“Yes, I see you. I value you, and you’re wanted here.”

But there’s a shadow side to the yearning for community as well. Often (and I know this from my own process), we get so wrapped up in our desire to be accepted that we end up losing our connection to our Self in order to be accepted by the clan. We begin to idealize the leader(s) in the community, we start to meld our beliefs and value systems to be more in line with theirs’, we lose our capacity to rationally evaluate the teachings or demands being made because dissent might result in us getting kicked out of the group.

Moreover, the hierarchical nature of these communities and kulas (i.e. the fact that there’s usually one or a few leaders at the top) can sometimes lead to voices of “lower” members in the group being hushed or kept down. I’ve seen multiple instances (and I’m NOT referring to John Friend or the Anusara Kula specifically) in which a more powerful member in the community intentionally casts out someone who’s voice has gotten too loud — either because they pose objections to the ideas of the majority or simply because they’ve stepped into their own innate potential and their growth threatens the power dynamics in the group. And when you throw money and commercial interests into the mix… well, let’s just say things get very interesting.

I want to emphasize the fact that I don’t think the formation of cliques, communities, or kulas are a BAD thing. Quite the contrary, I don’t know how I’d survive without the nourishing support of the communities that have welcomed me in. But I do think our understanding of yoga communities could use a much more nuanced perspective and some conversation around the power dynamics at play.

Photo via Wanderlust

When we look closely at our motivations to be a part of a kula or community, there’s an opportunity to meet our needs without handing away our power to a charismatic teacher, mentor, or community. When we understand both sides of the coin– light and shadow, benefits as well as pitfalls — we have the chance to create something different. As John said, we can be part of a kula and still maintain a strong connection to the broader community. Perhaps, even, we can begin to build a global kula — one that transcends race, culture, socioeconomic status… even style of yoga!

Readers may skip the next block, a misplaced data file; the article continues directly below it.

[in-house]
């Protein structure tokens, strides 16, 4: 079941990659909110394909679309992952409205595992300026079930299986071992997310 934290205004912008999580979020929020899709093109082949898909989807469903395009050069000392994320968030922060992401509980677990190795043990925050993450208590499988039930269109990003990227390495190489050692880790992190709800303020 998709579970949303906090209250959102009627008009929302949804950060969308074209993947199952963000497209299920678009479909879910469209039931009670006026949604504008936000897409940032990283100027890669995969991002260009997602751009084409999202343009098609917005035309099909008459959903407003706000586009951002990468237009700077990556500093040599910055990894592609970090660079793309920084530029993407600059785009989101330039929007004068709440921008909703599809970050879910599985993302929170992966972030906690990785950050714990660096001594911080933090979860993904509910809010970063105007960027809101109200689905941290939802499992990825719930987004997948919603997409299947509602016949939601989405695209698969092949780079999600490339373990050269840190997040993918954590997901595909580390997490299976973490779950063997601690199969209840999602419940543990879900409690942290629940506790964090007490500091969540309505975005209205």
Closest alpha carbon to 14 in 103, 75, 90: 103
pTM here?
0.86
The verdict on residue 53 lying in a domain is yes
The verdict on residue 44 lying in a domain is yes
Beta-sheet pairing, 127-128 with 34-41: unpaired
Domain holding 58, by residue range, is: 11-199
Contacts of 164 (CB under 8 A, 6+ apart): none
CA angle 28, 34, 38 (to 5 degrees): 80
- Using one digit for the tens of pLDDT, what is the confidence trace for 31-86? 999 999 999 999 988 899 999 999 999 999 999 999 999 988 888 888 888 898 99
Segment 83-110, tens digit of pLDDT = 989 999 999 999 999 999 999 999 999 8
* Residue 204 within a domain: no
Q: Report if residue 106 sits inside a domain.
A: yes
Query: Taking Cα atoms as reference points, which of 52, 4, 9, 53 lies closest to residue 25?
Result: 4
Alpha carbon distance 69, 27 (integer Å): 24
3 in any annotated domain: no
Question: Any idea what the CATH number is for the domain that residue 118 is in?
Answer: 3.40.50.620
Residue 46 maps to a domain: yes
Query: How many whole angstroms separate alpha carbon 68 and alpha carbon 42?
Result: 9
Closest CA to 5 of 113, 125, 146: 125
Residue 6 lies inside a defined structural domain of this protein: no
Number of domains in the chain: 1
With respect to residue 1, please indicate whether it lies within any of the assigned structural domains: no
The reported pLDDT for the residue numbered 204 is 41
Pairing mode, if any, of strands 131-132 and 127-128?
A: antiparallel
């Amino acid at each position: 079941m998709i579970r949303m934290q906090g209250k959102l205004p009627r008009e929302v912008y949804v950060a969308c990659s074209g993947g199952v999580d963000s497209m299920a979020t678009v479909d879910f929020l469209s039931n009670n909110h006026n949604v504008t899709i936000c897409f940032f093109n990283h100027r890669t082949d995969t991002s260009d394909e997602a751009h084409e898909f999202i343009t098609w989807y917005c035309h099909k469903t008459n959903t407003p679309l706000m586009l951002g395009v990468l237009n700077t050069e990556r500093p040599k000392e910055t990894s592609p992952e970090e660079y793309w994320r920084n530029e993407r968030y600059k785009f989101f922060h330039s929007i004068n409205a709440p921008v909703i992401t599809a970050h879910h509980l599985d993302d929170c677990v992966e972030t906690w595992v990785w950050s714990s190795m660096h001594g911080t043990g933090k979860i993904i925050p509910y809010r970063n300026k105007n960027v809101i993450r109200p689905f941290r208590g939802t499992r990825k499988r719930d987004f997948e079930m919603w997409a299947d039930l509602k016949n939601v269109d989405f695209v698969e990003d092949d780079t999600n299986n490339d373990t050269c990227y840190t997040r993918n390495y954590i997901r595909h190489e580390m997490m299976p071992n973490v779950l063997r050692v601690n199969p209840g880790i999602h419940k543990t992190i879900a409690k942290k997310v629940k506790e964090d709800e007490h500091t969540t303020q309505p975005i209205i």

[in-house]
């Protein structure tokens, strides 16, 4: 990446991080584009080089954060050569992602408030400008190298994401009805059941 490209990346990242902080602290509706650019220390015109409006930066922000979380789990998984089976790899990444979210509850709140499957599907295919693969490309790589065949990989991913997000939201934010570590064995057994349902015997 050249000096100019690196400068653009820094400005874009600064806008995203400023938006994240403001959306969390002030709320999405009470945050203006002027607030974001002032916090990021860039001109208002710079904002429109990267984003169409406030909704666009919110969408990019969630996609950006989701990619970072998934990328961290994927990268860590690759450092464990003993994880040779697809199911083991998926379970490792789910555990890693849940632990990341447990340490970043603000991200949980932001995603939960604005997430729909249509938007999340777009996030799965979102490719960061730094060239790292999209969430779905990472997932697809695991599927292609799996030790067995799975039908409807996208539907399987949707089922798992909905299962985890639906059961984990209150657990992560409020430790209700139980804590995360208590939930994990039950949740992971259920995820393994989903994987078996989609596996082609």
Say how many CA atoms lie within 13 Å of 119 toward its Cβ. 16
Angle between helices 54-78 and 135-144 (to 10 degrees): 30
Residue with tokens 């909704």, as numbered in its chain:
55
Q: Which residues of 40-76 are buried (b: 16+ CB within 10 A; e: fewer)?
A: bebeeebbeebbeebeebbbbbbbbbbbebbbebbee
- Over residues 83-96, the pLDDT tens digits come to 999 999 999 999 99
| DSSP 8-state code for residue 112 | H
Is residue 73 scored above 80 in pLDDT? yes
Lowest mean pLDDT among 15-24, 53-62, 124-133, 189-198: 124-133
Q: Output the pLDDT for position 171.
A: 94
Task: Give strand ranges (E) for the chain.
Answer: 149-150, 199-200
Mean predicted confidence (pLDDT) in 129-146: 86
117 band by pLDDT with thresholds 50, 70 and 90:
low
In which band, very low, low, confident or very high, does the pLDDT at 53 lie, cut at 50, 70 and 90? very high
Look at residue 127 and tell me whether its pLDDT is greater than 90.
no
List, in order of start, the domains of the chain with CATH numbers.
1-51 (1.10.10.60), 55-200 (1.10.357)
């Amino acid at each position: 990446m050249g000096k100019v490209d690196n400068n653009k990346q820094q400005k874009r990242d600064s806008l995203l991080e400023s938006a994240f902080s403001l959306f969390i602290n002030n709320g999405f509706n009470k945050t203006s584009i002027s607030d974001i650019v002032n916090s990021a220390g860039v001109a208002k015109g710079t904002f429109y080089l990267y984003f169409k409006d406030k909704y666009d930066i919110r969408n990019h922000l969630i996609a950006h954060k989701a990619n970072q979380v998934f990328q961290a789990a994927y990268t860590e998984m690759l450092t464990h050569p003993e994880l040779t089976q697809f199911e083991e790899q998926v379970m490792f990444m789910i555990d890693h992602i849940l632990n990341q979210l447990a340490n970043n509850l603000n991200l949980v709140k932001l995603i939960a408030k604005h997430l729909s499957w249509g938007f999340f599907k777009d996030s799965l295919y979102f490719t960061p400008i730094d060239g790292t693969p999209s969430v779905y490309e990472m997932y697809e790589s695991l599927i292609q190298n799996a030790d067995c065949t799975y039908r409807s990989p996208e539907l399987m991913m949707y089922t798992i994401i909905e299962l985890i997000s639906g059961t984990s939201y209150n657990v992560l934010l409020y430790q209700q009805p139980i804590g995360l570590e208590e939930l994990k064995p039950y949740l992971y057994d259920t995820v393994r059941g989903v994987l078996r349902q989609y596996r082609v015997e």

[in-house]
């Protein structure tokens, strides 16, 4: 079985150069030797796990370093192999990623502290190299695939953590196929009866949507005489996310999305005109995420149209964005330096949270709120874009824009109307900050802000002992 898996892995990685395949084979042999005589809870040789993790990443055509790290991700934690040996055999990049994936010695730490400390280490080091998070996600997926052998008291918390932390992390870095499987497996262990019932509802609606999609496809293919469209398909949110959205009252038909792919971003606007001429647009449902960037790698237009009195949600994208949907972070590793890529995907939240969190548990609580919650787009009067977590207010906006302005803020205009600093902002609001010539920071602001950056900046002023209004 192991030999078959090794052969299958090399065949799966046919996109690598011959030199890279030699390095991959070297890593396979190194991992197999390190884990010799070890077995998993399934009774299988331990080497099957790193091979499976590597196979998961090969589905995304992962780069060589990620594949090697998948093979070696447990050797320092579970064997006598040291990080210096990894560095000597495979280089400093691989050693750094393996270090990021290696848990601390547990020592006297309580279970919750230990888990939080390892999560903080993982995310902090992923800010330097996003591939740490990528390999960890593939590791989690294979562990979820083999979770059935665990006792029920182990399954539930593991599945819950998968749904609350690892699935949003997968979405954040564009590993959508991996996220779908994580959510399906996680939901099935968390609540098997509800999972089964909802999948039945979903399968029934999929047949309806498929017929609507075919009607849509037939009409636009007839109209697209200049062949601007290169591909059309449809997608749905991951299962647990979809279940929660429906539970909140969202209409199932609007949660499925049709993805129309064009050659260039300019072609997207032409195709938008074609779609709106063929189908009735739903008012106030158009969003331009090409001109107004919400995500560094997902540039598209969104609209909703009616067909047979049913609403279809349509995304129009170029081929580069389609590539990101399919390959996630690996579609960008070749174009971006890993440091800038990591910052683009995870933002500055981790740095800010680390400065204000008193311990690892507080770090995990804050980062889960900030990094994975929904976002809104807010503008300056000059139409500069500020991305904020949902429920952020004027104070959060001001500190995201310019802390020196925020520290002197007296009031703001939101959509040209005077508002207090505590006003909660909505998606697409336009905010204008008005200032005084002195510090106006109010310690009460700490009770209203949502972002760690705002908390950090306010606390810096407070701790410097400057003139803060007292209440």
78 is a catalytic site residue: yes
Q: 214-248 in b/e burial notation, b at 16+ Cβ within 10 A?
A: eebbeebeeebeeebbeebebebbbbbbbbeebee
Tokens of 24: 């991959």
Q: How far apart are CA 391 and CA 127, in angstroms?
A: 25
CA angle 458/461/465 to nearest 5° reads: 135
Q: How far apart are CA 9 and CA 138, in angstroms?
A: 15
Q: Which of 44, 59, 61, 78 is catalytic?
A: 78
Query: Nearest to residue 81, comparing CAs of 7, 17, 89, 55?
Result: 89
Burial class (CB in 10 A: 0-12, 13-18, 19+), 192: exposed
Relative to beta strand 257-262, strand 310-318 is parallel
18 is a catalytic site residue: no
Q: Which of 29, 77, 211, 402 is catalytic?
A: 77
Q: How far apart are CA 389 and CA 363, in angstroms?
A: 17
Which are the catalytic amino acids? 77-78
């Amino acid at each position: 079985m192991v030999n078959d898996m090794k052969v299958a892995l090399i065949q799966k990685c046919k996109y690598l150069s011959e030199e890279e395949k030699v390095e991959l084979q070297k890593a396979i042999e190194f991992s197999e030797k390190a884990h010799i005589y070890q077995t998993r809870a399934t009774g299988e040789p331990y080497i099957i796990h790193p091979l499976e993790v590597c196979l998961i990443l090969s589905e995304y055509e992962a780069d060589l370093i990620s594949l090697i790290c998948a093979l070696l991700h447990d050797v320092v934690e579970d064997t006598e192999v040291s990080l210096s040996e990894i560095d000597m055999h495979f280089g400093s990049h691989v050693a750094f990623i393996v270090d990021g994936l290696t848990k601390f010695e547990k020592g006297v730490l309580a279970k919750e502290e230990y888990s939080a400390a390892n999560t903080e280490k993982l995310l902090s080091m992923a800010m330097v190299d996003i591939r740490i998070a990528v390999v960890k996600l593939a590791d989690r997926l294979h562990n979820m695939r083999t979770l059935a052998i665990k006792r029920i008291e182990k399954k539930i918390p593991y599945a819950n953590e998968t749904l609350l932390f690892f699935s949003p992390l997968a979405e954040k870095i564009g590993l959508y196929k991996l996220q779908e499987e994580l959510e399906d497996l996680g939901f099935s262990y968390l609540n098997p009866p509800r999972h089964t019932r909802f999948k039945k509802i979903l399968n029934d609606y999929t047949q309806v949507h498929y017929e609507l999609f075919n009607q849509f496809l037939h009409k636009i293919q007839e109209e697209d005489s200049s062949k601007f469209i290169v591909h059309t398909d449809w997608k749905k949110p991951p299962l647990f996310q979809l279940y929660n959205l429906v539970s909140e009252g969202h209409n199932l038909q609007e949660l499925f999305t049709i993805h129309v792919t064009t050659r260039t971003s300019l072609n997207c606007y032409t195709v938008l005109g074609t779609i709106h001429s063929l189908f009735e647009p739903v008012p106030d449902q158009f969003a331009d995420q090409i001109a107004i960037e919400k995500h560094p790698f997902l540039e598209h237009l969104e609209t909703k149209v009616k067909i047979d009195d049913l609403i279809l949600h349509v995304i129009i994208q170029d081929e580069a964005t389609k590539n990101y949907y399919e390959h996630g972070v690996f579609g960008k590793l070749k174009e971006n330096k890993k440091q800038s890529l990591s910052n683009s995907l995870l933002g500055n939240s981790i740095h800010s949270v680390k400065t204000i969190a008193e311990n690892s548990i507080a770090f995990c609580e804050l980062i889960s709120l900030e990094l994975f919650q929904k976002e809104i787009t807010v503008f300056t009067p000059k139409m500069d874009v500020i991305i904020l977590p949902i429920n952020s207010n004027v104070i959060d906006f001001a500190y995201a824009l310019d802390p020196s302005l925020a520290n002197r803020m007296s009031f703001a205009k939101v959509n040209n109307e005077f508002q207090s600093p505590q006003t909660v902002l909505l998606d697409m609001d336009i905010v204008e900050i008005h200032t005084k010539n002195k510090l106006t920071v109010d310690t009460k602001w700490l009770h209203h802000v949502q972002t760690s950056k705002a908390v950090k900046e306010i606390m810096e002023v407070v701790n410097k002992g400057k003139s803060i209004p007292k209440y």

So, consider your own yoga community. Is there a sort of hierarchy among members — a leader at the top who’s been lifted up onto a pedestal by starry-eyed followers? Do you think there’s a risk that the kulas of today will become the cults of tomorrow?

I’m also curious about whether any of you have had the experience of being cast out by a yoga community or clan. Let’s start a conversation. Share your story in the comments section below.

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- who has written 43 posts on Yoga Modern.

Chelsea Roff is a writer by day and yoga teacher by night, a weaver of words as well as of asanas. She is Managing Editor at YogaModern.com, and her writing has been featured by Yoga Journal, Elephant Journal, Wanderlust Festival and the Hanuman Festival. Chelsea is passionate about using online media to inspire action that serves a greater cause -- whether it be the expansion of knowledge, support of our global community, or improvement of planetary and personal health. She travels the country teaching yoga in the most non-traditional of spaces, from cocktail parties to public protests to centers for at-risk youth. In Dallas, Chelsea helped start a yoga service organization that brings yoga classes to people in homeless shelters, juvenile detention centers, and prisons. Chelsea currently lives in Santa Monica, CA, where she can be found cartwheeling across the beach, hiking in the mountains, and practicing yoga poses on her little pink scooter.